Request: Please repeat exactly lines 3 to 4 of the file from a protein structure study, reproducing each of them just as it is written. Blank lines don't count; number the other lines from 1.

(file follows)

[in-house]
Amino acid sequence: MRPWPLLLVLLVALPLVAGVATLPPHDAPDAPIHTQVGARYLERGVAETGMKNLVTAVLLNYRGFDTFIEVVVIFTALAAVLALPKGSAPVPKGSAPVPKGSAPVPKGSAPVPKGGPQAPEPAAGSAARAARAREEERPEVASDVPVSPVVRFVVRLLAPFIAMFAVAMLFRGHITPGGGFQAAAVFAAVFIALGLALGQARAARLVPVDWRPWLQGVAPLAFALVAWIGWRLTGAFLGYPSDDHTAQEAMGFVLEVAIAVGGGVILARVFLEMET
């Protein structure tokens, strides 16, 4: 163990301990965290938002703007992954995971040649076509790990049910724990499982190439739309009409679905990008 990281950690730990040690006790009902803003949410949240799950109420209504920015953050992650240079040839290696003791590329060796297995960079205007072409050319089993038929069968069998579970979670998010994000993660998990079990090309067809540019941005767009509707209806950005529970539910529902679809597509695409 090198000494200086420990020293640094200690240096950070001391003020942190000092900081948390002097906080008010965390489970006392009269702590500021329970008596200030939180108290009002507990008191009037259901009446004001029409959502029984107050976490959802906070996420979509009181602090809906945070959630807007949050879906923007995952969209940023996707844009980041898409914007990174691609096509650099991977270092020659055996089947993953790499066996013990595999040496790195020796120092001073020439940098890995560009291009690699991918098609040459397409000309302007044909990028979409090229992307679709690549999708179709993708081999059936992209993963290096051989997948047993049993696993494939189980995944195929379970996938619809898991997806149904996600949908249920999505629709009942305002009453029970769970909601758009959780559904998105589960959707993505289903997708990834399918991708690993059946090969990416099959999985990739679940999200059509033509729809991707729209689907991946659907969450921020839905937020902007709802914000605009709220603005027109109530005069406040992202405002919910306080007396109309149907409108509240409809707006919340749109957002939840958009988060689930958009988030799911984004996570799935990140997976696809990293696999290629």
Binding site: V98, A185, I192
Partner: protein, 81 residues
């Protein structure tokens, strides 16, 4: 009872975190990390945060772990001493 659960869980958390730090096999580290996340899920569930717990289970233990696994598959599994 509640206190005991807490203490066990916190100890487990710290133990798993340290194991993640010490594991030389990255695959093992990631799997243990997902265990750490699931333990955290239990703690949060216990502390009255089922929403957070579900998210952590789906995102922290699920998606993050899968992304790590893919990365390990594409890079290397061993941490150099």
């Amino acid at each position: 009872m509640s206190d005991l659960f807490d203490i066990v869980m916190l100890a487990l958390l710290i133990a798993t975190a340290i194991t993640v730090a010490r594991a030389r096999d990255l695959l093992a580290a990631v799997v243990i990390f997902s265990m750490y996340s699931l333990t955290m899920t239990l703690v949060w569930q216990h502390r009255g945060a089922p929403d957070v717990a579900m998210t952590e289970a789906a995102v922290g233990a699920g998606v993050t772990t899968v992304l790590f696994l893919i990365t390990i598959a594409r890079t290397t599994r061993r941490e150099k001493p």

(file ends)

């Protein structure tokens, strides 16, 4: 163990301990965290938002703007992954995971040649076509790990049910724990499982190439739309009409679905990008 990281950690730990040690006790009902803003949410949240799950109420209504920015953050992650240079040839290696003791590329060796297995960079205007072409050319089993038929069968069998579970979670998010994000993660998990079990090309067809540019941005767009509707209806950005529970539910529902679809597509695409 090198000494200086420990020293640094200690240096950070001391003020942190000092900081948390002097906080008010965390489970006392009269702590500021329970008596200030939180108290009002507990008191009037259901009446004001029409959502029984107050976490959802906070996420979509009181602090809906945070959630807007949050879906923007995952969209940023996707844009980041898409914007990174691609096509650099991977270092020659055996089947993953790499066996013990595999040496790195020796120092001073020439940098890995560009291009690699991918098609040459397409000309302007044909990028979409090229992307679709690549999708179709993708081999059936992209993963290096051989997948047993049993696993494939189980995944195929379970996938619809898991997806149904996600949908249920999505629709009942305002009453029970769970909601758009959780559904998105589960959707993505289903997708990834399918991708690993059946090969990416099959999985990739679940999200059509033509729809991707729209689907991946659907969450921020839905937020902007709802914000605009709220603005027109109530005069406040992202405002919910306080007396109309149907409108509240409809707006919340749109957002939840958009988060689930958009988030799911984004996570799935990140997976696809990293696999290629």
Binding site: V98, A185, I192